JOHANNESBURG (Reuters) - Flies buzz around a hulking pile of flesh and muscle that lies rotting in South Africa’s Kruger National Park with its eyes gouged out and scimitar-like horns hacked off in the opening scenes of a shocking new documentary on rhino poaching.
A series of still-photos of other gruesome kills flash across the screen in “Rhino under threat”, a deeply disturbing 28-minute film available on video-sharing website YouTube that has been made to drive home the horror of a rhino poaching crisis which has reached alarming levels.
Made by UNTV and the Convention on International Trade in Endangered Species (CITES), the film can be seen on YouTube on this link: here
It debuted on Monday at the Rio +20 global environment conference in Rio de Janeiro.
South Africa, home to close to the vast majority of the planet’s rhinos, is the epicenter of the unfolding tragedy.
According to the latest data from South Africa’s department of environmental affairs, as of June 15, 245 rhinos have been poached in the country so far in 2012. At this rate the carnage will almost certainly exceed the 448 slain last year.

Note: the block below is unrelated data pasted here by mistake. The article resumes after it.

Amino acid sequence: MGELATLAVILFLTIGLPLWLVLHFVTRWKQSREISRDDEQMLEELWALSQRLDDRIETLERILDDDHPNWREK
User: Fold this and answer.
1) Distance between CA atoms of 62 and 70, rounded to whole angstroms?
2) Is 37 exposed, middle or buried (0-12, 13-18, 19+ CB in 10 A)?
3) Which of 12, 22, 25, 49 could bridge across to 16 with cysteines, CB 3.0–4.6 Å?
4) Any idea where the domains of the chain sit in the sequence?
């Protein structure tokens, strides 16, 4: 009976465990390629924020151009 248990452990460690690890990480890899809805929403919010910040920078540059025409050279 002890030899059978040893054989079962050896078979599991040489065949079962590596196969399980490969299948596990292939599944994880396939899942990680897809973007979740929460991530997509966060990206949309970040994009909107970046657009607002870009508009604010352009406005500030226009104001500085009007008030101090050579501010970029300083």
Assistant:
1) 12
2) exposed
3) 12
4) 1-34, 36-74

A decade ago only a handful were being taken.
Elephant and rhino poaching is surging, conservationists say, an illegal part of Asia’s scramble for African resources, driven by the growing purchasing power of newly affluent Asians.
Rhino horn has long been used in traditional medicines in China and Vietnam and the film quotes a doctor at Hanoi’s biggest hospital who sings its praises.
According to the film, rhino horns have also been stolen from museums and private collections in more than 15 countries.
It says Vietnam’s last wild Javan rhino was poached last year and the slaughter in Africa is relentless.
“It’s heart-rending,” Ted Reilly, the head of Big Game Parks in Swaziland, says in the film. The small southern African kingdom lost its first rhino to poachers in two decades last year.
“You will find a rhino cow with a baby calf. The mother goes down and that calf usually will defend the mother. It won’t allow the poachers to get anywhere near it. And they end up having to shoot it too,” Reilly says.
The horn and half the face is then cut off with a chainsaw and Reilly says they have had instances where rhinos who had been drugged then wake up and stagger around in this state.
“How do you deal with people like that?,” he asks.
For the game wardens on the front lines, feelings toward them can certainly harden.
“I suppose the brutality of it is being lost on me at the moment. And to survive the emotional side of it one gets hardened. It’s like seeing dead poachers now. I’ve seen enough this year not to worry about them anymore,” says one Kruger Park ranger.
Editing by Paul Casciato